This might be a weird question but I was trying to distinguish the difference between an implication and modus ponens. I think the distinction is clear in my head (but I have something missing), modus ponens is just a rule of inference that produces more true statement based on $A$ and $A \implies B$. An implication is a truth function that when given statements with truth values, i.e. the truth values of $A \implies B$ can be known only from the truth values of $A$ and $B$ (no other info is needed). It can be easily evaluated by looking up the truth table. These make sense. However, I reached a confusion/contradiction in the model of how I thought logic (and mathematics!) worked. It seems to me that according to modus ponens we need to know already the value of the implication $A \implies B$ before we can known if $B$ is true. However, according to the table to evaluate the truth function we need the values of both $A$ and $B$. So it seems like a chicken and egg problem. How is it actually possible to know $A \implies B$ without knowing $B$? It seems odd to me. I do understand however, how the inference is suppose to work. Since we know the output of the function (=implication) and one of its inputs, then it should be trivial, to know the other input because of the way the truth table for implication is defined. I think that part makes sense. However, what I don't understand is how in practice we are able to know $A \implies B$ is true in the first.
I think the main issue I had is that in my head what I thought is that for $A \implies B$ to be known to be true, we actually proceeded to apply rules of inference to our statements and then reached $B$. Thats I think how I thought I did maths in practice. I started with $A$ and applied valid maths rules and inference rules until I reached $B$. Thus, it seems that I never actually used the truth functional implication to do any maths, only maths facts that produced step by step another maths step until the final $B$ was produced. I assume there must be some confusion in how I thought mathematics worked, so I wanted to clarify, does someone know where my confusion is?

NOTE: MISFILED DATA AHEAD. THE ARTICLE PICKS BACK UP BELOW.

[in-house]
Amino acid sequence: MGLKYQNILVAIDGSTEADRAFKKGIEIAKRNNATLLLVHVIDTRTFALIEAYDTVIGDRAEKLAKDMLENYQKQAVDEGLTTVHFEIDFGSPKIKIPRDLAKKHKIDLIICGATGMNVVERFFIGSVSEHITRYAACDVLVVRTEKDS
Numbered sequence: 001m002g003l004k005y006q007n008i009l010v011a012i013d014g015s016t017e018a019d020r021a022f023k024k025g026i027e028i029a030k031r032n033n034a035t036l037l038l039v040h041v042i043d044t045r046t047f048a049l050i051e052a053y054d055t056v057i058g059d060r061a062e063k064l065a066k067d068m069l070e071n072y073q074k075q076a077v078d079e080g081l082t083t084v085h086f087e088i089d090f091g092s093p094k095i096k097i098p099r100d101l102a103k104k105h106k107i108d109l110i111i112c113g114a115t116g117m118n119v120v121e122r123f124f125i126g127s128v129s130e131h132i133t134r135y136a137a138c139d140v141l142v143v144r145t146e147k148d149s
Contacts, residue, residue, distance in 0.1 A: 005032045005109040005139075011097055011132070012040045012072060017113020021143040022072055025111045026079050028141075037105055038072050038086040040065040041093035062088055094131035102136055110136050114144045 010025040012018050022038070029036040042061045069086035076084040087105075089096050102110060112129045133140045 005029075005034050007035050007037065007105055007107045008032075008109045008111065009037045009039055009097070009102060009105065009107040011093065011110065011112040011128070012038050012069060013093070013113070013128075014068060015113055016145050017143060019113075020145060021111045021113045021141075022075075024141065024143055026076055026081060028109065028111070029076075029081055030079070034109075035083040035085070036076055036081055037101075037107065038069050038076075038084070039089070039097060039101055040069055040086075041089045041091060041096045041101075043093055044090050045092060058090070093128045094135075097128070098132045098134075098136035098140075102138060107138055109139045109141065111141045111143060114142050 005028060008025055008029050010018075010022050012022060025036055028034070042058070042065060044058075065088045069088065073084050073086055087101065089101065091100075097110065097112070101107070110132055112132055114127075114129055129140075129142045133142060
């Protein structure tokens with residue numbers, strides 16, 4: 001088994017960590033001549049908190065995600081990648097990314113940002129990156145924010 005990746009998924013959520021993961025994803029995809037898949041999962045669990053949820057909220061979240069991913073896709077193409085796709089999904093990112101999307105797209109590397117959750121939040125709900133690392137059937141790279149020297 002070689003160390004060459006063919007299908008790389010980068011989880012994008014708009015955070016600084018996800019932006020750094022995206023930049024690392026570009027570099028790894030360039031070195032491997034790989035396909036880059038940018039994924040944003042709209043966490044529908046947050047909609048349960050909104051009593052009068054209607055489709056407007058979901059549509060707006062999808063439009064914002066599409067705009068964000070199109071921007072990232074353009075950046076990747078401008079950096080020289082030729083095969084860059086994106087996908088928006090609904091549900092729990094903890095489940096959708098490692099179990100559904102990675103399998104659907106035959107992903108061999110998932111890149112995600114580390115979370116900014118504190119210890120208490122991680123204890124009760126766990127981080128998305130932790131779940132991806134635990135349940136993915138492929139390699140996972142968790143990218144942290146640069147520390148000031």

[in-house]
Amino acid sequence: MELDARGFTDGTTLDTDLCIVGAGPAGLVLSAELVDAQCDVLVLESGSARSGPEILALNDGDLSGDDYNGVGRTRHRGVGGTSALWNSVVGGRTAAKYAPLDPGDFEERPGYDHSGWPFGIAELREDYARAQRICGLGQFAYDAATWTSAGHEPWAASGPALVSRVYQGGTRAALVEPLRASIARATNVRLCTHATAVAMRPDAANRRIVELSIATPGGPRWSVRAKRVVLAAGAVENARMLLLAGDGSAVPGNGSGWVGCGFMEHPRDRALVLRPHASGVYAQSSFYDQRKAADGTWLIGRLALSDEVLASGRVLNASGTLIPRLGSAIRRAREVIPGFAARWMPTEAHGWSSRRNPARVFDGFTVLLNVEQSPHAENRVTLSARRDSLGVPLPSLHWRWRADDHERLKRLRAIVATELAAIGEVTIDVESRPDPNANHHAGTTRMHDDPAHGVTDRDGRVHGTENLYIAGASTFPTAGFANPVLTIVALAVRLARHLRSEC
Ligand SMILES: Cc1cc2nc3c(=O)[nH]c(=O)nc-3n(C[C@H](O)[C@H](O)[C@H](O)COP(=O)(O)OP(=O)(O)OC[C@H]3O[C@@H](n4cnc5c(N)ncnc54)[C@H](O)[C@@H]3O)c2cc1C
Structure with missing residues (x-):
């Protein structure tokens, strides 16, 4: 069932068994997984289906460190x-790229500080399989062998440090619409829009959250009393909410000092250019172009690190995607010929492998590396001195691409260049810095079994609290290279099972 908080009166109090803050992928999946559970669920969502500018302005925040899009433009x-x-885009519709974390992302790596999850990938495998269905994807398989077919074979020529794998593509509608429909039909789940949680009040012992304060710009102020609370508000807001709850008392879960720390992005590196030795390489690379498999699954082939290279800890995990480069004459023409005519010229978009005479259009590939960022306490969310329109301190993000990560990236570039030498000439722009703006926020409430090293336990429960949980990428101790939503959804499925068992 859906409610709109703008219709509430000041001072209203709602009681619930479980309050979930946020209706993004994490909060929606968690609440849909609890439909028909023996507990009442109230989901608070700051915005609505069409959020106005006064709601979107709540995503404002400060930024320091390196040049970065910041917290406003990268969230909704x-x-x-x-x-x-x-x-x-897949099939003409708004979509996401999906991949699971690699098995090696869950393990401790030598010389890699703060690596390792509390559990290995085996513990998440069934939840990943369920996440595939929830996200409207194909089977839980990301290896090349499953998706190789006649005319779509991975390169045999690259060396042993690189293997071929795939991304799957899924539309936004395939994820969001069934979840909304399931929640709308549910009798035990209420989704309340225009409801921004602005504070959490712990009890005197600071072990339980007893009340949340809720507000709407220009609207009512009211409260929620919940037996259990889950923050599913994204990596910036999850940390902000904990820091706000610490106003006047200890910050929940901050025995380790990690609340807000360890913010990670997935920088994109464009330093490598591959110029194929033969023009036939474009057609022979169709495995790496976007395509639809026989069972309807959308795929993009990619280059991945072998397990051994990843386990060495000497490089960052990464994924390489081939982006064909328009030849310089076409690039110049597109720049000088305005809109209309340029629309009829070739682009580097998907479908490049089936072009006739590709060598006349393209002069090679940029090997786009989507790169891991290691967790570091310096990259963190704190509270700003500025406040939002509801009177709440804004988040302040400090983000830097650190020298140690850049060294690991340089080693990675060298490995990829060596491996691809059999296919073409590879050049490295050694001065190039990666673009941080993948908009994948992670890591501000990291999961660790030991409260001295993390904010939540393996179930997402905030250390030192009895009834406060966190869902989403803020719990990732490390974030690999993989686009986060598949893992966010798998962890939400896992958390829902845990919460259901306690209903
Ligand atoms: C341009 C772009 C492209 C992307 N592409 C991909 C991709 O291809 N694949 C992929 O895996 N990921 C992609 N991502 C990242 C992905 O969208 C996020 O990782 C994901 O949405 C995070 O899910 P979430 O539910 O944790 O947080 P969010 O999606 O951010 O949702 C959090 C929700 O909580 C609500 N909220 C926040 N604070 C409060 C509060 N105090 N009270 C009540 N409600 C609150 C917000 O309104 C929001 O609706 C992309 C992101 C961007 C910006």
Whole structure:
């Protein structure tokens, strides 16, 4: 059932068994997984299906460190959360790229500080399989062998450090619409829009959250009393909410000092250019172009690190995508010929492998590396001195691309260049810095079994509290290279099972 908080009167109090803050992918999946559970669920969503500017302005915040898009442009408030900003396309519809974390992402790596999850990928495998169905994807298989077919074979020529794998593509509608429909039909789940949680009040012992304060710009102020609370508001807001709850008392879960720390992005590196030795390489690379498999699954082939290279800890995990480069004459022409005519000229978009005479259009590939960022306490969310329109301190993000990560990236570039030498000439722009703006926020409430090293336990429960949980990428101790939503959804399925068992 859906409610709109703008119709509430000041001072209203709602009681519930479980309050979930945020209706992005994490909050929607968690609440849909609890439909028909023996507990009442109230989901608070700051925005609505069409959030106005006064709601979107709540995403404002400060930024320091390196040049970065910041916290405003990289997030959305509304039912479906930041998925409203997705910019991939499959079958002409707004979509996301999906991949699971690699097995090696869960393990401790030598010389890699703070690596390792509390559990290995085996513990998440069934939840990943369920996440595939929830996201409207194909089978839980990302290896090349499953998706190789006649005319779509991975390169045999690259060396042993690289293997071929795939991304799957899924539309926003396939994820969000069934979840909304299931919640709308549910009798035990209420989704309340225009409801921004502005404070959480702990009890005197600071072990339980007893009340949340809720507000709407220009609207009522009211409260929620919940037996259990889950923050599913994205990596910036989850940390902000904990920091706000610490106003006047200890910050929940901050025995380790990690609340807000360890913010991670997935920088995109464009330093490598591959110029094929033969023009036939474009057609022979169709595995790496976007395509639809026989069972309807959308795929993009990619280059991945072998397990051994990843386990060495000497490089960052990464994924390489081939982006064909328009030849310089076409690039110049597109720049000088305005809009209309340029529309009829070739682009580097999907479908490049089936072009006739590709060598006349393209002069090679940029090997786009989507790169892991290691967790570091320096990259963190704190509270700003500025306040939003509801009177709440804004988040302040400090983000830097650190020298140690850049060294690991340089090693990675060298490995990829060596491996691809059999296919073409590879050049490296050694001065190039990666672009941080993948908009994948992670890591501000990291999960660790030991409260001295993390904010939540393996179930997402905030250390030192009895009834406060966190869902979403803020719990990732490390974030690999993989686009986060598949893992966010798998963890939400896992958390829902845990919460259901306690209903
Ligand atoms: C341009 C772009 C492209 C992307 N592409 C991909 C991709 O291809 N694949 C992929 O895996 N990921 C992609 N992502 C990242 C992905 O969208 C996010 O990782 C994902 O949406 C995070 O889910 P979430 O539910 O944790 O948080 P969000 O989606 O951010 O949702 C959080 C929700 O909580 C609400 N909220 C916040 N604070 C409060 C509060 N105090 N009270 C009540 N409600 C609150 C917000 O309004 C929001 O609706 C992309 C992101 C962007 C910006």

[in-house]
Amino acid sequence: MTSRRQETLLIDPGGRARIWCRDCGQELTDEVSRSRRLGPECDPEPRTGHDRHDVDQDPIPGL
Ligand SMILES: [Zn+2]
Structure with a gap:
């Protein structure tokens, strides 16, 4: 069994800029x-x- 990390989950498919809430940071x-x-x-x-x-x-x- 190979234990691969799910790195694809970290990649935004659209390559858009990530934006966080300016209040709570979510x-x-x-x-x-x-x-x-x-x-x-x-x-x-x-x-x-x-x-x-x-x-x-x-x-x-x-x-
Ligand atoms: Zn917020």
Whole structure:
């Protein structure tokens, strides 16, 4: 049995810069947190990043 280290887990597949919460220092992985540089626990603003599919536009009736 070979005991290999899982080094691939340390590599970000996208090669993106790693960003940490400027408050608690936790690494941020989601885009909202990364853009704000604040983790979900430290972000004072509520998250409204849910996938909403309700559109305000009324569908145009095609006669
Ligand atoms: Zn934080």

What does a "maths step" even mean? I thought it was modus ponens but now I realized I need to know $A \implies B$ for that to be true but that can't be true because that's what I am trying to figure out how to get the truth value of in the first place to be able to even use modus ponens.
In the end it all seems to boil down to, how do we actually conclude $A \implies B$ is true in a proof?
I always thought that we started with $A$, the just mechanically moved from $A$ to the next step and the next step until $A$ arrived at $B$ and then at that point we'd know $B$ was true. Is that not correct? I'm not sure if what I am asking is what a "step" means in mathematics. It seems like it because I would have thought intuitively that a series of steps like that must be a set of implications OR alternatively a series of steps of Modus Ponens. Regardless, it seems to me I understand what the difference between a modus ponens and implications are but I can't seem how to figure out how an implication is even known to be true in the first place without resulting in circular logic.
How does one know if $A \implies B$ (an implication) is true without knowing if $B$ (the consequent is true) is true?
my apologies I wasn't quite sure how to compress my question.